In a move that eventually could disrupt the dialysis market, CVS Health recently began a trial for its HemoCare device to determine whether it is more convenient and effective than clinic-based treatment. HemoCare uses an artificial kidney device to simplify dialysis for home-based patients.
The connected health platform will be tested in a study involving 70 patients across multiple clinic sites before the company seeks Food and Drug Administration approval to move to the home market. The move comes just weeks after the Trump administration issued an executive order to improve treatment for end-stage renal disease patients and to educate the public on ways to improve health and wellness and to prevent kidney-related health issues.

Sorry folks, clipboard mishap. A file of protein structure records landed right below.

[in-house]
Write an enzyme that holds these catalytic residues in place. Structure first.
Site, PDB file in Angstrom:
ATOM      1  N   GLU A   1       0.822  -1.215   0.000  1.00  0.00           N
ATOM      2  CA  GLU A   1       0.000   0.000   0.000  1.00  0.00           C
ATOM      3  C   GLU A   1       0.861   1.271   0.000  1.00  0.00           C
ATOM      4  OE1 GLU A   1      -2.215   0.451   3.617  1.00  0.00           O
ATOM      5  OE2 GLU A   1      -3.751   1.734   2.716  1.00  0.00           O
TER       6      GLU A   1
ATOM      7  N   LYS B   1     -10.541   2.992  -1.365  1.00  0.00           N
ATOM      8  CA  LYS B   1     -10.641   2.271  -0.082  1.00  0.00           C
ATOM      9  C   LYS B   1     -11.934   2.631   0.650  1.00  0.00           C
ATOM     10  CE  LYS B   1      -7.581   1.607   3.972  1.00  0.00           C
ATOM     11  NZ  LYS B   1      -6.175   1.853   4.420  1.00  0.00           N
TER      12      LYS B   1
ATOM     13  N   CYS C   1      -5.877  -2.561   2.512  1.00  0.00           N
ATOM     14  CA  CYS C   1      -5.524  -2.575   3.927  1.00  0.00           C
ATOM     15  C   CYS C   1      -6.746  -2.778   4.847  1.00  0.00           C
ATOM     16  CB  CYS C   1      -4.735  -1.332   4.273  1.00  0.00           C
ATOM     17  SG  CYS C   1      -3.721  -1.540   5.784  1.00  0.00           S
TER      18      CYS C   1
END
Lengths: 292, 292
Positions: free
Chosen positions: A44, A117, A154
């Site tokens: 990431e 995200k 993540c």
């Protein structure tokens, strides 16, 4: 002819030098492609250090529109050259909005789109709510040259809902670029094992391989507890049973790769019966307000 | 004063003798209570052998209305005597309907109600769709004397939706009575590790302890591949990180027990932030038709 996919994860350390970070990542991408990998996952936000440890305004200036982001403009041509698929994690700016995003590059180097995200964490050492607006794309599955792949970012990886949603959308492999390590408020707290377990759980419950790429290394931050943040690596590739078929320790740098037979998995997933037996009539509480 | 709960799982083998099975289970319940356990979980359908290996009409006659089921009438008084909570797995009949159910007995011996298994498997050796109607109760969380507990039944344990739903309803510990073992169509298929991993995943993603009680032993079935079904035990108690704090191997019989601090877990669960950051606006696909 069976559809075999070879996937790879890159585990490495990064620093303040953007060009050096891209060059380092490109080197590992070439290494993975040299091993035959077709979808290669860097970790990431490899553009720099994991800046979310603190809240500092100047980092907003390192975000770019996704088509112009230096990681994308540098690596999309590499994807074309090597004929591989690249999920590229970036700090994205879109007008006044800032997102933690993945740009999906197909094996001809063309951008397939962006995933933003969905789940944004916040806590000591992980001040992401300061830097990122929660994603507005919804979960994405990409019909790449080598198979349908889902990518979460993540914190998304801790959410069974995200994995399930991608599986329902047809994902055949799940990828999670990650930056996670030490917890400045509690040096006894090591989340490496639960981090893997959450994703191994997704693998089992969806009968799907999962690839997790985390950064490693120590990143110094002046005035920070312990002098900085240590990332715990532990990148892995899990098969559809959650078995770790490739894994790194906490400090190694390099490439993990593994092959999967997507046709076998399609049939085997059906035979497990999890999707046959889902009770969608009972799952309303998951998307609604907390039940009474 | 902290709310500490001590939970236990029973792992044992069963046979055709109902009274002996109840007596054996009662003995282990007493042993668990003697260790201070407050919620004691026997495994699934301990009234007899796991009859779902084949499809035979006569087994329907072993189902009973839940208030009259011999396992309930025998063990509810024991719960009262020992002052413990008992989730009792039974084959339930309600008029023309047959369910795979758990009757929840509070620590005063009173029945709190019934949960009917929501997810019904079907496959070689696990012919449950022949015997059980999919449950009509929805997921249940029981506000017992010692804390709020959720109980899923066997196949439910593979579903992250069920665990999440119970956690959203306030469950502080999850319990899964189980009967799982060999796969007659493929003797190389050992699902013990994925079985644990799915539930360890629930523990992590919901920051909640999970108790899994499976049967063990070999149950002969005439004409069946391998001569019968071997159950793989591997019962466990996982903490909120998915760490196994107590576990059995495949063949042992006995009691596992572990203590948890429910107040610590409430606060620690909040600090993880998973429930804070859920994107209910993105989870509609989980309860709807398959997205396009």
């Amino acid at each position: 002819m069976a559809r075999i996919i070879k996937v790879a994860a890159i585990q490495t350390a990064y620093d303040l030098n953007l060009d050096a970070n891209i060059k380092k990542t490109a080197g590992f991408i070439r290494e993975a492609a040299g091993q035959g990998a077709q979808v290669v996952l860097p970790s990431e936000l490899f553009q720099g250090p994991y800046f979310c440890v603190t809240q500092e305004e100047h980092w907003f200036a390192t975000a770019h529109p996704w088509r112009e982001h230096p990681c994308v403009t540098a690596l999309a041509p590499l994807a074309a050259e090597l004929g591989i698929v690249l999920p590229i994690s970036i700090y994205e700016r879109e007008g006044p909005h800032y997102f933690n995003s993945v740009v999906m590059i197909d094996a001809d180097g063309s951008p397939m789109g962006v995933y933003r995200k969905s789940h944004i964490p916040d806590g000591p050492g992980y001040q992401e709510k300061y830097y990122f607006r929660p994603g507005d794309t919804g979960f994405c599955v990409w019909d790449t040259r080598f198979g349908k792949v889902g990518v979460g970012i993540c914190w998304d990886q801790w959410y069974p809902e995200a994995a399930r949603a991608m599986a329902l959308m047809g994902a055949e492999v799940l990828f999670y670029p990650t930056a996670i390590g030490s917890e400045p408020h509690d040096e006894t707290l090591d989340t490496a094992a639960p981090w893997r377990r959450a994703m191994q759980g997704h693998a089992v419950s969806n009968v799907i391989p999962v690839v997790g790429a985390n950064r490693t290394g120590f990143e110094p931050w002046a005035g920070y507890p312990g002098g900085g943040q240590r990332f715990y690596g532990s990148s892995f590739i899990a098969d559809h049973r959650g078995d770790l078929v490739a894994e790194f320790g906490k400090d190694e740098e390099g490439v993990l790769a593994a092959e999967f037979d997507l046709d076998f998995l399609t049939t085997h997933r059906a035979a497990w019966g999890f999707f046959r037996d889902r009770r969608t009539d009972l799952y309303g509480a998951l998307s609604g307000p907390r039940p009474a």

CVS Health hopes that HemoCare will enhance kidney care, since clinical research has linked improved patient outcomes with longer treatments provided in the home. The company also is working to bring early detection solutions for kidney disease and provide education and support to help delay the transition to dialysis.
Fresenius Medical Care and DaVita, which currently dominate the dialysis market with more than 5,000 dialysis clinics in the U.S., are certain to closely monitor results of the CVS Health pilot. In late February, Fresenius spent close to $2 billion on its acquisition of NxStage, a maker of home-use dialysis machines and critical care products. The company also said it would plan to convert some of its dialysis clinics into transitional care units to train people for home care. DaVita also offers remote monitoring and telehealth technology to improve the patient care dialysis experience at home.